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Jen Bekman's Bookcase

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MAPS

In the early 1990s, celebrated graphic designer Paula Scher (Make It Bigger, 2002) began painting maps of the world as she sees it. The larger her canvases grew, the more expressionistic her geographical visions became. Displaying a powerful command of image and type, Scher brilliantly transformed the surface area of our world. Paintings as tall as twelve feet depict continents, countries, and cities swirling in torrents of information and undulating with colorful layers of hand-painted boundary lines, place-names, and provocative cultural commentary. Collected here for the first time, Paula Scher MAPS presents thirty-nine of Scher's obsessively detailed, highly personal creations.

Found via: Ideal Bookshelf

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A Legacy of Invention

The Los Angeles-based husband-and-wife team of Charles and Ray Eames gave shape to the look of America's twentieth century. They witnessed firsthand many of the momentous historical events of the 1900s - including the Depression and World War II - and in their lives and work they represented the era's defining social movements: the shift of the nation's attention from the East Coast to the West Coast, the rise of corporate and industrial America, the global expansion of American culture. The Eameses' wholehearted belief that design could improve people's lives remains their greatest accomplishment, with elegance, wit, and beauty. Published on the occasion of a major exhibition organized by the Library of Congress, Washington, D.C., and the Vitra Design Museum, Weil am Rhein, Germany, the holders of the two richest Eames collections in the world, this volume celebrates that achievement. Includes essay by architect and curator Donald Albrecht, which explores the Eameses' achievements in collaboration with major corporate clients. Architectural designer and critic Joseph Giovannini offers a provocative interpretation of their early careers. A photo essay features newly commissioned photographs of furniture, furniture prototypes, and experimental pieces. Astronomer Alan Lightman, physicist Philip Morrison, and author Phylis Morrison examine the Eameses' fascination with science, especially their ability to communicate its history and principles to the general public through exhibitions, books, and films. Architectural historian Beatriz Colomina situates the Eameses' own house within the context of the American and European architectural avant-garde after World War II. And architectural historian Helene Lipstadt looks at four projects the Eameses designed for the American government, placing their work in international as well as broad political contexts. Together, the essays in this handsome and generously illustrated volume present the Eameses' wide-ranging sensibilities and their immense contributions to the visual language of the twentieth century.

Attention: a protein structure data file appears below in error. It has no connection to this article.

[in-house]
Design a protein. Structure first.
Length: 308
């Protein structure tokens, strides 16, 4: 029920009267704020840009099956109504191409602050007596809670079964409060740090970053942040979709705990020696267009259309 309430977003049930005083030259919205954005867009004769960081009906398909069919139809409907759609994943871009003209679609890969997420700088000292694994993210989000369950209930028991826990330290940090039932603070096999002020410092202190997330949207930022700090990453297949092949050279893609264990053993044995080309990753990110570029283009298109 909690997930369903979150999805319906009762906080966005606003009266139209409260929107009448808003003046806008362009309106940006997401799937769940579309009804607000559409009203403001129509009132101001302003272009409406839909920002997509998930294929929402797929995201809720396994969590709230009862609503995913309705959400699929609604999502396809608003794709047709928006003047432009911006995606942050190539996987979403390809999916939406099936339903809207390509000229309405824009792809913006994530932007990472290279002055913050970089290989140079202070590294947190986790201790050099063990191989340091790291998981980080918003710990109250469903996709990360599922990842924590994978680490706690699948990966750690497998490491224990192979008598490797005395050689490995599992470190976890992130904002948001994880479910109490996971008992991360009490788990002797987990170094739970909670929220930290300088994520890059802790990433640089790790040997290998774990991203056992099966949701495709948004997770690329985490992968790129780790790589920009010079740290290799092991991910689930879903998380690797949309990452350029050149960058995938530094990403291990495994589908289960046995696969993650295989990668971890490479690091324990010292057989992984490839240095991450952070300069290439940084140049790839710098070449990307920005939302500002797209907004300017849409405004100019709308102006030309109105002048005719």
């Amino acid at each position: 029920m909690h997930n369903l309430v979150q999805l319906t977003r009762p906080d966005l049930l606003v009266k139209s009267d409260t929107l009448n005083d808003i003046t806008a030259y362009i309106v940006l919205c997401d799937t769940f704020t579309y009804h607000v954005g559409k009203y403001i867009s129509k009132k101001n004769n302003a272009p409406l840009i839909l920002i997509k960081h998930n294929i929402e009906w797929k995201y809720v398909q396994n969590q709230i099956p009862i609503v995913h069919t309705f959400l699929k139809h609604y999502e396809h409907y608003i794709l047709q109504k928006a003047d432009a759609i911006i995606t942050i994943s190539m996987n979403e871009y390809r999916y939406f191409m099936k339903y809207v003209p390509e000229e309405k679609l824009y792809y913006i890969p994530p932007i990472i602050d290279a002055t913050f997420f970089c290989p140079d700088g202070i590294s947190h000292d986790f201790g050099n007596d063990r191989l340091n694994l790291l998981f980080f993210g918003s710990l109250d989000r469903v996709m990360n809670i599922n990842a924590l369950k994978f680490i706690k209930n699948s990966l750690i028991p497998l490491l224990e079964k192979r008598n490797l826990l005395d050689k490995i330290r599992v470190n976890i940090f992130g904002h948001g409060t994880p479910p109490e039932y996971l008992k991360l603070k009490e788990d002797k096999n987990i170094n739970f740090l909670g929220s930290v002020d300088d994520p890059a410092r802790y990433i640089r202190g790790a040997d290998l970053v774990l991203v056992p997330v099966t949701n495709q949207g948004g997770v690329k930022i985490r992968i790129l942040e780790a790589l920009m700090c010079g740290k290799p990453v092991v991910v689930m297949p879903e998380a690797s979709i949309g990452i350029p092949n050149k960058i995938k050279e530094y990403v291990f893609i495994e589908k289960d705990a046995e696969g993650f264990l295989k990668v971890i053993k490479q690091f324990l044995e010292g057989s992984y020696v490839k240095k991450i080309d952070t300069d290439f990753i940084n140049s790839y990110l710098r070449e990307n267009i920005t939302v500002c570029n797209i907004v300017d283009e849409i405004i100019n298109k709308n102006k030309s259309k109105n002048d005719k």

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John Berger’s Classic Text on Art John Berger's Ways of Seeing is one of the most stimulating and the most influential books on art in any language. First published in 1972, it was based on the BBC television series about which the (London) Sunday Times critic commented: "This is an eye-opener in more ways than one: by concentrating on how we look at paintings . . . he will almost certainly change the way you look at pictures." By now he has.

"Berger has the ability to cut right through the mystification of the professional art critics . . . He is a liberator of images: and once we have allowed the paintings to work on us directly, we are in a much better position to make a meaningful evaluation" —Peter Fuller, Arts Review

"The influence of the series and the book . . . was enormous . . . It opened up for general attention to areas of cultural study that are now commonplace" —Geoff Dyer in Ways of Telling

Winner of the 1972 Booker Prize for his novel, G., John Peter Berger (born November 5th, 1926) is an art critic, painter and author of many novels including A Painter of Our Time, From A to X and Bento’s Sketchbook.

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Celebrate the 50th Anniversary of Frank O'Hara's Lunch Poems

Lunch Poems, first published in 1964 by City Lights Books as number nineteen in the Pocket Poets series, is widely considered to be Frank O'Hara's freshest and most accomplished collection of poetry. Edited by the poet in collaboration with Lawrence Ferlinghetti and Donald Allen, who had published O'Hara’s poems in his monumental The New American Poetry in 1960, it contains some of the poet’s best known works including "The Day Lady Died," "Ave Maria," and "Poem" [Lana Turner has collapsed!].

This new limited 50th anniversary edition contains a preface by John Ashbery and an editor’s note by City Lights publisher Lawrence Ferlinghetti, along with facsimile reproductions of a selection of previously unpublished correspondence between Ferlinghetti and O’Hara that shed new light on the preparation of Lunch.

"Frank O'Hara's Lunch Poems, the little black dress of American poetry books, redolent of cocktails and cigarettes and theater tickets and phonograph records, turns 50 this year. It seems barely to have aged . . . This is a book worth imbibing again, especially if you live in Manhattan, but really if you're awake and curious anywhere. O’Hara speaks directly across the decades to our hopes and fears and especially our delights; his lines are as intimate as a telephone call. Few books of his era show less age."--Dwight Garner, The New York Times